Since the news was first reported by an ABC affiliate, it was quickly picked up by the network, which was currently broadcasting the fourth quarter of the aforementioned Dolphins-Patriots game. Legendary broadcaster Howard Cosell was shaken by the news and unconvinced that announcing it on-air was the right thing to do. As revealed by a 2010 segment of ESPN’s “Outside the Lines” (via Newsday), Cosell was persuaded to make the announcement by his partner, Frank Gifford, who told Cosell, “You’ve got to. If we know it, we’ve got to do it … Don’t hang on it. It’s a tragic moment, and this is going to shake up the entire world.”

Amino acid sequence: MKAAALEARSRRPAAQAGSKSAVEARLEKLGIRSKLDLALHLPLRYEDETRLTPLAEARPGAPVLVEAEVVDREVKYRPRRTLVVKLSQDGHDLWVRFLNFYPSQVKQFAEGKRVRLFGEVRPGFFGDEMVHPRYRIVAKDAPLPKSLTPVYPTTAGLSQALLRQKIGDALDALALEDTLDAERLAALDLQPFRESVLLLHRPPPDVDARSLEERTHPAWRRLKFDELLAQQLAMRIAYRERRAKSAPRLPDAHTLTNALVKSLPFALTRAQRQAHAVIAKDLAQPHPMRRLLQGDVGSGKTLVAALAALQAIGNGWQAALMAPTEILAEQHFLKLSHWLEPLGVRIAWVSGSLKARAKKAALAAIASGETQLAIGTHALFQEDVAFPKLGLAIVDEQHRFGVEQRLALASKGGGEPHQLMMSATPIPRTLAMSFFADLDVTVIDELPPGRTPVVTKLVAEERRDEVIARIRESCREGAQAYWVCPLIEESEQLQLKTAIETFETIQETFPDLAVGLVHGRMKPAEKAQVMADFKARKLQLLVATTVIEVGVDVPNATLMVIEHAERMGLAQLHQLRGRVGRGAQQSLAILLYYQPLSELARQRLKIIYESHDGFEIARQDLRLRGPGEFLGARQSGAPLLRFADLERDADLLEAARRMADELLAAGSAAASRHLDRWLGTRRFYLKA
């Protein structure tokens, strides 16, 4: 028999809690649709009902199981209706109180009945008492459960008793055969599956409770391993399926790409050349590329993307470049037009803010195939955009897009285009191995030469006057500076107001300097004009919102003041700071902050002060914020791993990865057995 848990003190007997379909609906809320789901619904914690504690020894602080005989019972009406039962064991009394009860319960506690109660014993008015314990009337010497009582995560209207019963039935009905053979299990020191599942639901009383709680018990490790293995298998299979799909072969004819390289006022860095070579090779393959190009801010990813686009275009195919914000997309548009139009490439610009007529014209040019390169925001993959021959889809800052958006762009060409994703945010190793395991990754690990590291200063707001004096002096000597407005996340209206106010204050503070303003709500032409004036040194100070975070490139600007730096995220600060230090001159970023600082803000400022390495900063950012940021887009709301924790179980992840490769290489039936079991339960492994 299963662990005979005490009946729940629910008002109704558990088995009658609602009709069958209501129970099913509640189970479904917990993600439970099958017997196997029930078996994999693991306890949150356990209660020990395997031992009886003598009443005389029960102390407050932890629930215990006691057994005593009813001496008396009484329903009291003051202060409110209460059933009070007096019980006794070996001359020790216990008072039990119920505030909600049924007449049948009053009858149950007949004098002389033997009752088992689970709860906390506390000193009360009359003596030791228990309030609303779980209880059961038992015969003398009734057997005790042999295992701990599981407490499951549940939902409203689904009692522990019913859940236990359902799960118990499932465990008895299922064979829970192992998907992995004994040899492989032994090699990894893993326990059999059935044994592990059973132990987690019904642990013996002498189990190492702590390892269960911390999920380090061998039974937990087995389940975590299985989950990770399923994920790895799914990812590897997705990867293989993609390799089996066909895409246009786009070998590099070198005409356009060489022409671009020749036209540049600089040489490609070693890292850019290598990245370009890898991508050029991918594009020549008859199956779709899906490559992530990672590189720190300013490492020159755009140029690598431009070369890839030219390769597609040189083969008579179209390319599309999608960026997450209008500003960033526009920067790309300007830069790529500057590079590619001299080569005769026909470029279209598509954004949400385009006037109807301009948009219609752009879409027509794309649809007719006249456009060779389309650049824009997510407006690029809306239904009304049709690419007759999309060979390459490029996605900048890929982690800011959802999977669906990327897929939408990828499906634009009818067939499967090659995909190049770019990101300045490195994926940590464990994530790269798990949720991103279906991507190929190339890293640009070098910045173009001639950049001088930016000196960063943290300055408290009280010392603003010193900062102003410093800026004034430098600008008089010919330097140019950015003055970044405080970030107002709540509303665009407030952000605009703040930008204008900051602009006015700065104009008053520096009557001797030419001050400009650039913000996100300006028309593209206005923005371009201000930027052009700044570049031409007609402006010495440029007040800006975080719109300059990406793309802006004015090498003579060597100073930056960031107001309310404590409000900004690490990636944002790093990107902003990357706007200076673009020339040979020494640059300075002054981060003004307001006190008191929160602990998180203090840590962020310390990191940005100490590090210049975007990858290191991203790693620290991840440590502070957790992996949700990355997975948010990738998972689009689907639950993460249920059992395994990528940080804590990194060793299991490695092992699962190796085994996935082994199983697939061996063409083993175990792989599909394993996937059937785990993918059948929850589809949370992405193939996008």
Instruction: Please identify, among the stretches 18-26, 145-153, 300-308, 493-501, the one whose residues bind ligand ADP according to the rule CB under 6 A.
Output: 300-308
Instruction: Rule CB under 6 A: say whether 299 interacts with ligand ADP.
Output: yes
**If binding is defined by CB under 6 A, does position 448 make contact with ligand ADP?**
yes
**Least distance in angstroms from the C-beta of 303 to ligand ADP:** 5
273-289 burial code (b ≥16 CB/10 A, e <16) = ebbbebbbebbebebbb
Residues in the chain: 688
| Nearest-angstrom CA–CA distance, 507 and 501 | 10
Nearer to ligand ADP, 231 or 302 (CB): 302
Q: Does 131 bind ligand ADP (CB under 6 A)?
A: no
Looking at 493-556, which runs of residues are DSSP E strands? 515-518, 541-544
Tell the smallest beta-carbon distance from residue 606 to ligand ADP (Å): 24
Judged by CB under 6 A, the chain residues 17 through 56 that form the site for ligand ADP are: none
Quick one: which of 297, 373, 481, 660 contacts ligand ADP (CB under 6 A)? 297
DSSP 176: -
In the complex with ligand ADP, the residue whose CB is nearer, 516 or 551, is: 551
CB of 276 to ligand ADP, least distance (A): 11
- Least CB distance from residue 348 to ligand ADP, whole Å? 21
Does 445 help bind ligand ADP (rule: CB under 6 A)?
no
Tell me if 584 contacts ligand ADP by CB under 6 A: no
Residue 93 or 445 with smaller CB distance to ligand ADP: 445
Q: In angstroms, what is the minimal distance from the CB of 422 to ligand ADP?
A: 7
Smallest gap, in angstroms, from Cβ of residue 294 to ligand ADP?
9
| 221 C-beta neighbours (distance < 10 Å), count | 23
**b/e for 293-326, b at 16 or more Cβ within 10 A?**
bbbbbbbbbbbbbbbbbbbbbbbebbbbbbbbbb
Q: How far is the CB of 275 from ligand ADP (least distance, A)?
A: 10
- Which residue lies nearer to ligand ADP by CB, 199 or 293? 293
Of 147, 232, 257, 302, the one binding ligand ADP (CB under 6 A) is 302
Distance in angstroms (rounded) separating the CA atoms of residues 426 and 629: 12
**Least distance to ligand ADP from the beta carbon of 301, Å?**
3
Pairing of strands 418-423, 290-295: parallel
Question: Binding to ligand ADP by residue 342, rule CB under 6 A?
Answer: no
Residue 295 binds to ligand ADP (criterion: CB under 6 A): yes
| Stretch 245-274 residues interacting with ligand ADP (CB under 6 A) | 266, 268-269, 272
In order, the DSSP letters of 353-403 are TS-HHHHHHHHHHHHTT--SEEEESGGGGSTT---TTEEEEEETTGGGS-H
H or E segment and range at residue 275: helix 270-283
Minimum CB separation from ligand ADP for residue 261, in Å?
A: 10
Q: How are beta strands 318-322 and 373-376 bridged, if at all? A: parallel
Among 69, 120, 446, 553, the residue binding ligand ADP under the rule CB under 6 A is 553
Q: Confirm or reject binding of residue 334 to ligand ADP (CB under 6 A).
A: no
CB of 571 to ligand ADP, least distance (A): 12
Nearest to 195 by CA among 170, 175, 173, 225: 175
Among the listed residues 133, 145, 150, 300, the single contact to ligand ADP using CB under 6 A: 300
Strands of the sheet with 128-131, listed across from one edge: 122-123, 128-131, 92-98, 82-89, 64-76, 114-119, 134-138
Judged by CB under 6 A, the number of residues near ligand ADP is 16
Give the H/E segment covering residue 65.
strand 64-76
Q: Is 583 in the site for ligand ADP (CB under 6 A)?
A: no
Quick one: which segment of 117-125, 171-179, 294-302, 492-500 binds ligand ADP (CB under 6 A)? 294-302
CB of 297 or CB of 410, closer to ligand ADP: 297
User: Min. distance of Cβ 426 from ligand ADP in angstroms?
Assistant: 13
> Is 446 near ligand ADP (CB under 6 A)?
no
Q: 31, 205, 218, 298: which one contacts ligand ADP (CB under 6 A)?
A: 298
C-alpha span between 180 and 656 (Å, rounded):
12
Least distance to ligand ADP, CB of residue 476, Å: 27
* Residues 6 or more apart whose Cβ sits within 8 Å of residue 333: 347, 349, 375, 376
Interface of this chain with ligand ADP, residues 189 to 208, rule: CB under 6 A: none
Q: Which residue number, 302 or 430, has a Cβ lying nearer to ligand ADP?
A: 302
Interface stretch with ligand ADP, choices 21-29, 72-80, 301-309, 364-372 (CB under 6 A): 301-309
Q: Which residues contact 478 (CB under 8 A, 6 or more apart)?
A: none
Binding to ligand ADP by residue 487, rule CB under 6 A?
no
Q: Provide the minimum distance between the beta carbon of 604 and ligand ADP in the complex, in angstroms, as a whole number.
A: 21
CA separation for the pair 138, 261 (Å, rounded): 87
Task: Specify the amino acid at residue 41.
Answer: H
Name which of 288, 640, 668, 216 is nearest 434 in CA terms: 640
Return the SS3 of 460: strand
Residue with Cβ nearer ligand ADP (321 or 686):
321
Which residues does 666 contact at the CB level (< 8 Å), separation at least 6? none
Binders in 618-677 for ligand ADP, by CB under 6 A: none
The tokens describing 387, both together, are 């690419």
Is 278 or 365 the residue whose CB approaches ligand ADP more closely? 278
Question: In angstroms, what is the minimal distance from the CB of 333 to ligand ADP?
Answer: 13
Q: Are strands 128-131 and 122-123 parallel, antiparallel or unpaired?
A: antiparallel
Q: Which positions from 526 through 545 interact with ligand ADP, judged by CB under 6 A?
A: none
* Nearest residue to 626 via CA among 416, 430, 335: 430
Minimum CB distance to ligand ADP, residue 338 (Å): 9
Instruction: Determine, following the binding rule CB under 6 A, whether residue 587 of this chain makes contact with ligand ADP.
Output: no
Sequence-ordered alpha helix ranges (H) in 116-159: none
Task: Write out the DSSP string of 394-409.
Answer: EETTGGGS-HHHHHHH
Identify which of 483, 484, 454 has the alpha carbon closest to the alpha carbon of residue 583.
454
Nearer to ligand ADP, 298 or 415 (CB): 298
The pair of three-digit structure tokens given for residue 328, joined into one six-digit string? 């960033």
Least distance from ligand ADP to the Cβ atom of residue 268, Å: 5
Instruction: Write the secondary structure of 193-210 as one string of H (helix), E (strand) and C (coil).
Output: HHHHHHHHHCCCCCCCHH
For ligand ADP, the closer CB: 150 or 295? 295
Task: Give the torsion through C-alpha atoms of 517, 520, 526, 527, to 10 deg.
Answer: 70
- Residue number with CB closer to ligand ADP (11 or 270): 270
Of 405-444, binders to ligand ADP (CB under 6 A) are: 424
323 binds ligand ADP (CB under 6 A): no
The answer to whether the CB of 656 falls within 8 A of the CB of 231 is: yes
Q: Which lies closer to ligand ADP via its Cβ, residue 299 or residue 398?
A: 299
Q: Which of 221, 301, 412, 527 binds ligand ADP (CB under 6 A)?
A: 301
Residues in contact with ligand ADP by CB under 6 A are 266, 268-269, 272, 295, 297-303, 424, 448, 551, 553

So that was that — with three seconds left in the game, the score tied at 13, and the Patriots’ kicker lining up for a potential game-winning field goal, Gifford announced (via Newsday), “I don’t care what’s on the line. Howard, you have got to say what we know in the booth.” Cosell obliged, and in his trademark clipped, newsman-like style, he intoned, “Yes, we have got to say it. Remember, this is just a football game, no matter who wins or loses. An unspeakable tragedy, confirmed to us by ABC News in New York City. John Lennon, outside of his apartment building on the West Side of New York City, the most famous, perhaps, of all of the Beatles, shot twice in the back, rushed to Roosevelt Hospital. Dead on arrival.”